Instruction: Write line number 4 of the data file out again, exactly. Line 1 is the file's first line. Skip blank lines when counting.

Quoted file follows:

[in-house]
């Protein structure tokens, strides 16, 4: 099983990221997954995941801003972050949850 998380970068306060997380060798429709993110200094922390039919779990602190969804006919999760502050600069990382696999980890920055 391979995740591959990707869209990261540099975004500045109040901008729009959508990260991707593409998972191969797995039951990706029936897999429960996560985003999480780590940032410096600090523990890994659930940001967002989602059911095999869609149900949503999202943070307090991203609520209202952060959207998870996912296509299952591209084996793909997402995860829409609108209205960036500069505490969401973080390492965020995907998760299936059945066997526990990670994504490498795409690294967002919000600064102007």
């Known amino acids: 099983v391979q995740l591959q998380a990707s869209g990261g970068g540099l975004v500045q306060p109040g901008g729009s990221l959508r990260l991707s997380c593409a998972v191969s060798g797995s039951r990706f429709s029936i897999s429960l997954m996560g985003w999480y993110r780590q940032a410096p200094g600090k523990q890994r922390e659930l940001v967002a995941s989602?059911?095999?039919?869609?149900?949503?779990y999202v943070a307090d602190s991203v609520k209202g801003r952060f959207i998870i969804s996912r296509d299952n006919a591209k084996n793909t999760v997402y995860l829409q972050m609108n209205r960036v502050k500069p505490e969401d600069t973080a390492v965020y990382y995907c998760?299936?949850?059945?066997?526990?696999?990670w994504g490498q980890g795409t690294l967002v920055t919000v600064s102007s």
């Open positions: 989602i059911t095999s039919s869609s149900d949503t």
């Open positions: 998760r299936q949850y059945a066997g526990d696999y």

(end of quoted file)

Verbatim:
């Open positions: 989602i059911t095999s039919s869609s149900d949503t």